According to information provided by Plastics Europe, about 27 million tonnes of plastics were collected in Europe in 2016 – a trend that has been increasing for years.
Although an impressive number by itself, this represents less than 30% of the total EU plastic volume put into circulation, meaning over 70% of plastics never get collected.
Of the 27 tonnes collected material, the majority is sent into incineration (41%). Another 27% is dumped in landfills, with only a third of the material (32%) being processed in recycling.
Estimates suggest that up to 95% of plastic value is lost annually. In other words: between 70 and 105 billion Euros are wasted each year (Source: Ellen McArthur Foundation: The new plastics economy 2016).
How can this still be the case, despite increased environmental awareness and tightened policies? Some reasons Interseroh has found:
One main cause is inadequate packaging. Poor packaging design can trick and confuse sorting facilities, leading to unsatisfactory outputs. The use of oversized labels and black plastics, for instance, means sorting machines cannot recognize a packaging’s material.
Another packaging design factor is the use of various materials on a single packaging item, which can make correct separation difficult for consumers. For instance, consider a regular Nutella jar. Is it composed from five materials: glass body, plastic lid, cardboard lid inlay, aluminium composite protective film and paper label. While in theory, the consumer could separate these fractions and dispose them in separate bins, this is hardly practical.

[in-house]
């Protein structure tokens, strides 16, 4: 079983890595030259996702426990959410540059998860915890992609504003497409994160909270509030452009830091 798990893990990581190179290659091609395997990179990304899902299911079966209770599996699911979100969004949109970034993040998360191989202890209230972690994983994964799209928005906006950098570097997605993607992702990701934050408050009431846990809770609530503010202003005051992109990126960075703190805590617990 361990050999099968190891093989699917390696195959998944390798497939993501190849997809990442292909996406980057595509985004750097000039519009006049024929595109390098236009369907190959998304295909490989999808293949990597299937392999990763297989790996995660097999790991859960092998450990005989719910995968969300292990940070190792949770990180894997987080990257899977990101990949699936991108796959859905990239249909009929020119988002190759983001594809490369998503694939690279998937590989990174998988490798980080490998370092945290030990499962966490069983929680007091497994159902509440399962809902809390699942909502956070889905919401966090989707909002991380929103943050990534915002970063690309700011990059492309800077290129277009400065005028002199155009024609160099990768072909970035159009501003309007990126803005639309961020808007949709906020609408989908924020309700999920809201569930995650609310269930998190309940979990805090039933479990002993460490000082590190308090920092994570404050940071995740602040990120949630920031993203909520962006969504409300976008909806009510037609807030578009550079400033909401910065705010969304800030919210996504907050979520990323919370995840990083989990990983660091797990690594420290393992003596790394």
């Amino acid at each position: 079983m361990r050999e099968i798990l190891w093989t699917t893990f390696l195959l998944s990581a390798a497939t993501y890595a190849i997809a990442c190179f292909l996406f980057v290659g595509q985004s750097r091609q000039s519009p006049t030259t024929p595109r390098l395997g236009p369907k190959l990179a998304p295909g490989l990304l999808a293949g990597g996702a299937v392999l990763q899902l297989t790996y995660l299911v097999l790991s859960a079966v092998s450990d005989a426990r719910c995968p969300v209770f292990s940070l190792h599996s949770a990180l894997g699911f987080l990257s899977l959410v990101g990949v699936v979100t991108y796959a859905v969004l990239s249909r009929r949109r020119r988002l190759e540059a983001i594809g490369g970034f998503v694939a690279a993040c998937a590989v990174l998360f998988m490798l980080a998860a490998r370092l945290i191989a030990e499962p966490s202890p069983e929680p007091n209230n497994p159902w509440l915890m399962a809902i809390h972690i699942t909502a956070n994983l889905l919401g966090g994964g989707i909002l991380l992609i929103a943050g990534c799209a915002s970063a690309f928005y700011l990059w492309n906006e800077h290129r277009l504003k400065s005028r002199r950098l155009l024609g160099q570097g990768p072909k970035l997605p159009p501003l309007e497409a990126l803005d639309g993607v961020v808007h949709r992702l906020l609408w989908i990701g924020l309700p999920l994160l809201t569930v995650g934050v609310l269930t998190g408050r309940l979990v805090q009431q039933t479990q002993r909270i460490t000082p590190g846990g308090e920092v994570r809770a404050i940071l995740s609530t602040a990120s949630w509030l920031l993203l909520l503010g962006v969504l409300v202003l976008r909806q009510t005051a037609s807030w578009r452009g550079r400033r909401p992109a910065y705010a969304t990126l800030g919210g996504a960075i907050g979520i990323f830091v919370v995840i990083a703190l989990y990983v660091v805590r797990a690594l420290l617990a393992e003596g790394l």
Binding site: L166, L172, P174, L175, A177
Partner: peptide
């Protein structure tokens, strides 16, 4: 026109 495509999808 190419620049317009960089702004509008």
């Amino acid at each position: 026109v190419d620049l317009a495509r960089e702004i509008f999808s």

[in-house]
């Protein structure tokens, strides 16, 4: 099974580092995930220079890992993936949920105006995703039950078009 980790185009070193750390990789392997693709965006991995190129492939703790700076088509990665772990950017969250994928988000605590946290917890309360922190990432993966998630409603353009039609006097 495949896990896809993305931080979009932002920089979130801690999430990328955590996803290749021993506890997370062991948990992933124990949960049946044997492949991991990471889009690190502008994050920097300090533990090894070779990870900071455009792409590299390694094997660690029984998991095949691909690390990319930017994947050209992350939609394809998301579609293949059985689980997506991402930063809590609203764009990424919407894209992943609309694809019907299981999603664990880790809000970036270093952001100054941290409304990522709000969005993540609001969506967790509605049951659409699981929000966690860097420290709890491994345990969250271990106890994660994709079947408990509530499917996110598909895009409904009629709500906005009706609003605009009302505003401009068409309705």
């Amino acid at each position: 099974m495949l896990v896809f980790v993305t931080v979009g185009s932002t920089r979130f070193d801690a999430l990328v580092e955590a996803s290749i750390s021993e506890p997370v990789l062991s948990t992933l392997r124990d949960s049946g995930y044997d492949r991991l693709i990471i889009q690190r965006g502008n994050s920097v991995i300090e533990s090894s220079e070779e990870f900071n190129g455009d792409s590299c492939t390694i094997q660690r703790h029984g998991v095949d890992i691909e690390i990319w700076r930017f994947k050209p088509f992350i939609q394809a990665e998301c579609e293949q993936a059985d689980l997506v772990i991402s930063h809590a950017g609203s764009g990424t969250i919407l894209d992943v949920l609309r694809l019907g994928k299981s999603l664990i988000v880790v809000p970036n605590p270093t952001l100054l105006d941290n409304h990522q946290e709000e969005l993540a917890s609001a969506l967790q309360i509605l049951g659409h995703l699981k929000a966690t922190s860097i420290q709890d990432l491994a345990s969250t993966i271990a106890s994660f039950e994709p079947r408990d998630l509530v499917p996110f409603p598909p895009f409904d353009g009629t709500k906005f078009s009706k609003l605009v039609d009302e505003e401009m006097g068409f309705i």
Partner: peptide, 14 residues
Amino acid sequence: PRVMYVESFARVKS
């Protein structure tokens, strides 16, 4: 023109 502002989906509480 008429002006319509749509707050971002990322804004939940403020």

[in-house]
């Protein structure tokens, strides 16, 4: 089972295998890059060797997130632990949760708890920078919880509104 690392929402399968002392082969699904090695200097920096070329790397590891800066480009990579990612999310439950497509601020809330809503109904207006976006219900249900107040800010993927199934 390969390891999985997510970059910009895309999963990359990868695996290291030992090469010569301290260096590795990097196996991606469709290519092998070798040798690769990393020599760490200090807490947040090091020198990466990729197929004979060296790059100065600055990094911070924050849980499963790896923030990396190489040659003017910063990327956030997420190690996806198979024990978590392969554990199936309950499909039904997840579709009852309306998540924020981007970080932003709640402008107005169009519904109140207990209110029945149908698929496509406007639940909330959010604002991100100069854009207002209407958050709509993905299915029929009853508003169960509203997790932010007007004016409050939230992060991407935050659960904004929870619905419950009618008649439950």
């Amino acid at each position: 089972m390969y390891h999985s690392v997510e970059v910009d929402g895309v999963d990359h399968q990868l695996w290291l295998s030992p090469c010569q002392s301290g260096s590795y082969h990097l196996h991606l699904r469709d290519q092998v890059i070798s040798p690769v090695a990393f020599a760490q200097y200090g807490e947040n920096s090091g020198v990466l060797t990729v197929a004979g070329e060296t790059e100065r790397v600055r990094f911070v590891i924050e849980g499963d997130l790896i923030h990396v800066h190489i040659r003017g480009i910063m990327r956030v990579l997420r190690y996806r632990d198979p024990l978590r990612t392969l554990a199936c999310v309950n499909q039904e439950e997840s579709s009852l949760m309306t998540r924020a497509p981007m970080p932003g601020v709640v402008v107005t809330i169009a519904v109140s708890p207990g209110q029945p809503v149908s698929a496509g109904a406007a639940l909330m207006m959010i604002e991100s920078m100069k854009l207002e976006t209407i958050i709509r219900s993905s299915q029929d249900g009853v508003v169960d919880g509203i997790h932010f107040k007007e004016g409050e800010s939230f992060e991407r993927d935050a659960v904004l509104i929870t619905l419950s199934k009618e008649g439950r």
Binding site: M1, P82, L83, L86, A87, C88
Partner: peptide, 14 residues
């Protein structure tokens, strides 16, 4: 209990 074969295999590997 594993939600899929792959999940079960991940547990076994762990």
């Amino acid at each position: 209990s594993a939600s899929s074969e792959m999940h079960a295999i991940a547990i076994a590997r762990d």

In other cases, material separation is impossible altogether, such as with aluminium-coated snack bags.
Lastly, consumers also bear a debt, as even the most recycling friendly packaging sometimes gets disposed in the incorrect bin and therefore lost from recycling collection.
Hoping to reduce the impact of plastic, organisations and institutions on all levels continue to introduce policies and targets.
On a global perspective, the World Economic Forum recently presented their PACE program (Platform for accelerating the circulat economy) at the 2018 annual meeting in Davos. Within the programm, 11 leading consumer good giants have pledged to make 100% of their packaging completely recyclable, compostable or reusable by 2025. The companies, which are responsible for 6 million tonnes of plastic packaging annually, include: Amcor, Ecover, Evian, L’Oreal, Mars, M & S, PepsiCo, The Coca-Cola Company, Unilever, Walmart, and Werner & Mertz.
On a European level, the European Commission adopted the ‘Strategy for Plastic in a Circular Economy’ in 2017. On of the strategy paper’s goals is to achieve 100% recyclability of plastic packaging circulated in the European Union by 2030. The infrastructure of collection, sorting and recycling is already in place and merely needs to be updated. Actually new policy targets will come in the form of product design guidelines/ standards, further reductions of single-use packaging and the promotion of biodegradable materials.
This is where Interseroh gets involved with the service Made4Recycling! Addressing the issue of packaging design, we have developed a consulting and testing service for clients seeking advice and recommendations on the recyclability of their packaging. Our services include:
Evaluation of your packaging’s recyclability and sorting performance, tested in our laboratories and state-of-the-art sorting facilities
Individual consultation on materials, design guidelines and market experience
An action plan with suggestions or your purchasing, marketing and packaging design departments, tailored to your product portfolio
Tailored seminars with details of technical issues and regulatory matters, visits of a sorting or processing plant, strategies and initial solutions
Get in touch – we would love to hear from you!
Further information about our service„Made4Recycle“: